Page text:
Thursday, February 9, 2012

Oak Aged Yeti

While packing through the freshly fallen Colorado snow, beneath the light of a nearly full moon, I heard a beastly cry from the beer fridge. When I mustered the courage to investigate, I found a creature so large and so illusive it could only be one thing... The Yeti!

An Eruption of flavor! The Yeti in it's natural habitat!
Oak aged, brewed and bottled in Denver, Colo. and yearning to fill my glass, this bottle was certainly worth the $11 price tag.

This Oak Aged Yeti is at least eight or maybe ten feet tall, with a shiny black neck and footprint that a normal man could trip over. It’s bold and powerful, there is no doubt that this one could hurt you.

As I cracked it open and poured it, the color is the same dark black with cocoa colored head that the original had.

Sticking my nose deep into the glass, I had a hard time convincing myself to drink it... I just wanted to breathe it’s wonderful aroma of oak and a floral hops for the rest of the night.

Once I did take a sip, the flavor is a very roasty malt base that compliments a hop forward oak aged beer worthy of my best glass. The flavor profile reminds me more of a barley wine than stout. It is extremely flavorful with a nice amount of carbonation. The carbonation is high enough to help break up the very thick mouthfeel, but not so much as to seem foamy in the mouth.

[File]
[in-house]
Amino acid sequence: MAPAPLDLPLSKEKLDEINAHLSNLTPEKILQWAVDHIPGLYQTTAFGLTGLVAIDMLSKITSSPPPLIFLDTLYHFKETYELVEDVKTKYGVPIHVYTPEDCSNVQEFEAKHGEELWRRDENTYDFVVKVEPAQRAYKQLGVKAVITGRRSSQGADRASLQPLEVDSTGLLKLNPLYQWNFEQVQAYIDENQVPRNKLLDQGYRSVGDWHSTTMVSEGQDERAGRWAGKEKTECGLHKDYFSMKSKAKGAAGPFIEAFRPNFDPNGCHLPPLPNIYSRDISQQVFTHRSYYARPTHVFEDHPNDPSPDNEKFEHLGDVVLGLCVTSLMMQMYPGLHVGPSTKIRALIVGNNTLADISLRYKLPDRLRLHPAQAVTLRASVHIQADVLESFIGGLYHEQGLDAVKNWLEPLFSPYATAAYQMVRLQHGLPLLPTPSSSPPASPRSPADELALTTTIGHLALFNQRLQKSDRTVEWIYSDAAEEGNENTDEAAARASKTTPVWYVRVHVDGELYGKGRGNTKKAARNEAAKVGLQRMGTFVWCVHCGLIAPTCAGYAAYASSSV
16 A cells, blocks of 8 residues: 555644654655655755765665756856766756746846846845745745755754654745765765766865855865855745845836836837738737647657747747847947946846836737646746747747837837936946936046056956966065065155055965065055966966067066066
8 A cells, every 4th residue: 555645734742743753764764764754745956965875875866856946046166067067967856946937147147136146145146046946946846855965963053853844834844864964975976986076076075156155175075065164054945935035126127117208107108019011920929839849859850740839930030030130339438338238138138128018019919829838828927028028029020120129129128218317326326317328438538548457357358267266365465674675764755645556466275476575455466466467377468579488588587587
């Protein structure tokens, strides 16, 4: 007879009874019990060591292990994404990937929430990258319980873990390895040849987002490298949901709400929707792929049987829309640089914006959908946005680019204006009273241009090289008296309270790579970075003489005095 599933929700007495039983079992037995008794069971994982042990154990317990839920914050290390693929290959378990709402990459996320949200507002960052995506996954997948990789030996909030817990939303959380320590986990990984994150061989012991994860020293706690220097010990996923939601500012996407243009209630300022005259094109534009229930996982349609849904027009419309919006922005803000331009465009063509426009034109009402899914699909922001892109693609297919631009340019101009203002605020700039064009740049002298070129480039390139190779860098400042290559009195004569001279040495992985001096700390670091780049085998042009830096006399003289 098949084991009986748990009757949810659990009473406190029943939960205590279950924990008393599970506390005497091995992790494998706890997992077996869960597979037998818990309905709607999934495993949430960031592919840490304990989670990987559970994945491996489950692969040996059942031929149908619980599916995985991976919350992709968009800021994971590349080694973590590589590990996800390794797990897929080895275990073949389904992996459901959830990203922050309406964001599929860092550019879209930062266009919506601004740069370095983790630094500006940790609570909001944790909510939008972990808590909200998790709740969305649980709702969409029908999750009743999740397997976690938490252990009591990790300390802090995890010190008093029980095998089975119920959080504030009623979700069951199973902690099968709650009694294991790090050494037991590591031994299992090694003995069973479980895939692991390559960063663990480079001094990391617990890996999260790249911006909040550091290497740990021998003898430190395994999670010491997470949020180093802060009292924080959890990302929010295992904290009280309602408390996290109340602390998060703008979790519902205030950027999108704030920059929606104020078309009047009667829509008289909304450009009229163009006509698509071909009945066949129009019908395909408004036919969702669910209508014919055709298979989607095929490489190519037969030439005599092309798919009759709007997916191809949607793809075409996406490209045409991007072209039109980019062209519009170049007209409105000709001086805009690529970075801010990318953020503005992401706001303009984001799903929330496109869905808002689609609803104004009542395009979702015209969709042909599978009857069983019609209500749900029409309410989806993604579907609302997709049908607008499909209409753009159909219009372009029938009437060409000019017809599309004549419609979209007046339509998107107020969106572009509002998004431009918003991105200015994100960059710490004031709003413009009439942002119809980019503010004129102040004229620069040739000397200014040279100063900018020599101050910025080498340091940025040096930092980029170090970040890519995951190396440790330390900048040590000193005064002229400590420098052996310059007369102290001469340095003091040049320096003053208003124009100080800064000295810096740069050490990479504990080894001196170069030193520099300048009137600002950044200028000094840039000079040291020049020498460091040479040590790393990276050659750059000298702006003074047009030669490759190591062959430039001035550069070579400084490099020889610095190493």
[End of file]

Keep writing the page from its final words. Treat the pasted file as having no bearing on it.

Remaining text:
The finish is oak on the back of the throat and continued bitterness that lingers and lingers. The beer coats the inside of your mouth and helps the flavor linger. Certainly a sipper, and a beer that I would not be embarrassed to pair with a tall glass of water if I were out for a night on the town.

My bottle was capped shut on Nov, 22, 2011. I would like to know when it was brewed because the 9.5% ABV is totally hidden with almost no alcohol presence. The boozy flavor of the original is perhaps masked by the additional bitterness, but regardless of why, I am not getting it.

As the beer warms, the bitterness forms more at the back of the tongue and hints of vanilla start to peak out as a separate tone against the oak and becomes very seductive.

This big scary creature turned out to be a very nice critter. It was just looking for someone to love it... and I’m glad it found me!

Thanks for joining me for another Yeti-Thursday!



Dave Butler said...

Seems like I frequently have foam volcano's also with many different stouts. Perhaps it's the thicker consistency of the beer that makes it foam up so much. Some people tell me that a clean glass will prevent that from happening but I don't think so, it's a combination of the beer temperature, the glass temperature and the shape of the glass that stores the dark stouty beer.

BigKahuna Brew said...

The only thing I can say, is that it was -2, I was freezing, and the glass was CLEAN!
Hand washed and polished!

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